Teams is nothing if not secure. Not only is data encrypted end-to-end with Teams, it’s encrypted both in-transit and at rest. This means any data from any conversations made on Teams is never vulnerable to outside threats. In fact, Microsoft is known to fend off 5 billion cyber threats per month, thanks to an investment of $1 billion annually toward cyber security.
That’s not all Teams has going for it in terms of security. The platform also features multi-factor authentication (MFA) and Rights Management Services (RMS) support. Better still, all the security features that apply to conversations in Teams apply to file sharing as well, meaning sensitive documents will be able to make their journey through the cloud safely.
Zoom has a different approach to security . With its infrastructure stored in third party data centers, Zoom has a lot more digital ground to cover in terms of security. Zoom should then have ample incentive to have multi-factor authentication and RMS support, but it doesn’t.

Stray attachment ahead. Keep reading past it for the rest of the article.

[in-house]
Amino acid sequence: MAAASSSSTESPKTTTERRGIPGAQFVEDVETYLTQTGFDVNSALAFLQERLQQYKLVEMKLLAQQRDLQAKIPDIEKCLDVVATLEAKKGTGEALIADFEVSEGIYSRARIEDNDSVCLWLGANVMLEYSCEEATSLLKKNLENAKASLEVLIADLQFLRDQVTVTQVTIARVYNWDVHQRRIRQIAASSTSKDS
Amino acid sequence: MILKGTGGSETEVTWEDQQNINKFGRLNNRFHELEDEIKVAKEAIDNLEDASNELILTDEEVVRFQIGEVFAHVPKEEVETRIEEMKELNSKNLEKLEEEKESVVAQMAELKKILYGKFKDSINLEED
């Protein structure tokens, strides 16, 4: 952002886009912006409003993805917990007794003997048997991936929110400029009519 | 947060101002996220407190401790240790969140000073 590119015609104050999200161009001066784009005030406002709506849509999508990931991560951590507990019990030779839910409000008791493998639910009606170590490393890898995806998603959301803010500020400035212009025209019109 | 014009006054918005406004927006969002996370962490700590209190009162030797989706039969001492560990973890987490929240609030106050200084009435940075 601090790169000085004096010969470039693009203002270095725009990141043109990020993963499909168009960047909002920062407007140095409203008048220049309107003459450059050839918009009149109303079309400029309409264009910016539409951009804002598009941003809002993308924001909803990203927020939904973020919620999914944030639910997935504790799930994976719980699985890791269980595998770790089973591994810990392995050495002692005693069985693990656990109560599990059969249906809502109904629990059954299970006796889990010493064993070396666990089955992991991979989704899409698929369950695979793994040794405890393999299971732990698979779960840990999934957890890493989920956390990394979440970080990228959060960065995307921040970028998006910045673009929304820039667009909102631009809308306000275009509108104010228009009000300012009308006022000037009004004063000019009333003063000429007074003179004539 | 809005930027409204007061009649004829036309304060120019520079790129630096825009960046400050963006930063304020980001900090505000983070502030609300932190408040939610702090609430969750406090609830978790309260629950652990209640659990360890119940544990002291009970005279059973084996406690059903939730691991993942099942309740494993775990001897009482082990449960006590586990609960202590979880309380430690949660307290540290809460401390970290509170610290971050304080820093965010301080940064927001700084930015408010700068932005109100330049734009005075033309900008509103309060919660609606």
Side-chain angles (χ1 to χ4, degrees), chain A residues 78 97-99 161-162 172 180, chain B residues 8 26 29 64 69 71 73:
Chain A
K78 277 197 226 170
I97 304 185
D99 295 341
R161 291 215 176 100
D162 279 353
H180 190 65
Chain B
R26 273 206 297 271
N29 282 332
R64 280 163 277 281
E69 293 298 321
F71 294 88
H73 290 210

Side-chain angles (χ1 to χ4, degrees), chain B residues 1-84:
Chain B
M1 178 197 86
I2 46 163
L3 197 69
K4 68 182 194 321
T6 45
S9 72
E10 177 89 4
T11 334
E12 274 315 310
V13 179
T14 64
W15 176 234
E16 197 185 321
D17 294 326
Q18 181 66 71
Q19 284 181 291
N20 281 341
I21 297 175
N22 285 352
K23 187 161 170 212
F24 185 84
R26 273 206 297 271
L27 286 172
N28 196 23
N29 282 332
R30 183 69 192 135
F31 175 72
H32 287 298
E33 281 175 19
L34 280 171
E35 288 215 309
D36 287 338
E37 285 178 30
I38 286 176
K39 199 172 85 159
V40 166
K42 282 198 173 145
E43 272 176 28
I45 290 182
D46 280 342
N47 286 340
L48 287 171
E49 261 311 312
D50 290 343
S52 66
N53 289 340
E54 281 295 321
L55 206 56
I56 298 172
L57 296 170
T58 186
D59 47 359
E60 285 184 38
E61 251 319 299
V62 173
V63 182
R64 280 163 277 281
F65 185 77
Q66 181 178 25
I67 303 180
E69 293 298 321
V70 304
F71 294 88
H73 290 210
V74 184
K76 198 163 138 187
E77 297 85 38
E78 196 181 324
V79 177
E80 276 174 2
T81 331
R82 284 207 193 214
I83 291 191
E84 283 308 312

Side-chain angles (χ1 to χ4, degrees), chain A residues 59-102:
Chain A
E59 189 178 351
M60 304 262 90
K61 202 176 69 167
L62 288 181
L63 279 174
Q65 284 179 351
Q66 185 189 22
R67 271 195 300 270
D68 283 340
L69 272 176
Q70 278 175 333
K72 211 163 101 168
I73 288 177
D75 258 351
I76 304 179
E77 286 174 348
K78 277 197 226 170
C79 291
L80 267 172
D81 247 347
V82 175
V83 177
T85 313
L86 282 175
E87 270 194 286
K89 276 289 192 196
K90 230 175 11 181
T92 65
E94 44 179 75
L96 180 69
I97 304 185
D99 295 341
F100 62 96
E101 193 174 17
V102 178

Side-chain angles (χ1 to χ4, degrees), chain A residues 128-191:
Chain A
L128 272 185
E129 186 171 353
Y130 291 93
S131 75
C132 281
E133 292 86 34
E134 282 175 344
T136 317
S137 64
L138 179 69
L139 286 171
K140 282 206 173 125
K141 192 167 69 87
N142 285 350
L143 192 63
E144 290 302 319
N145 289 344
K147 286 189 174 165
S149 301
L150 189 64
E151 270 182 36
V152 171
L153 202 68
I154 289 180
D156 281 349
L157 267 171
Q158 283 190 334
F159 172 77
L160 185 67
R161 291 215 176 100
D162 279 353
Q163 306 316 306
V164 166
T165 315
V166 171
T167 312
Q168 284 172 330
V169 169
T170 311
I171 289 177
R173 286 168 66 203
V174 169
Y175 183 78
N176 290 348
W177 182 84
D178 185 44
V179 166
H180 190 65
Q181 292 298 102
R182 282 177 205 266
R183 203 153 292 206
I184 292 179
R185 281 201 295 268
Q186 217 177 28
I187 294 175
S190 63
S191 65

Despite the company’s best efforts, Zoom users are prone to the practice of “Zoombombing,” which we will explain more about in a later section.
Both Zoom and Teams have intuitive interfaces that don’t lack visual appeal. Some say Zoom is the better looking of the two, but that’s largely subjective. Many users enjoy the gallery view of Zoom, which makes more participants visible during a meeting. However, Microsoft Teams has recently rolled out additional tiles in its gallery view as well. At the end of the day, Teams has an interface more conducive to enterprise business, facilitating easy access to other Microsoft 365 apps.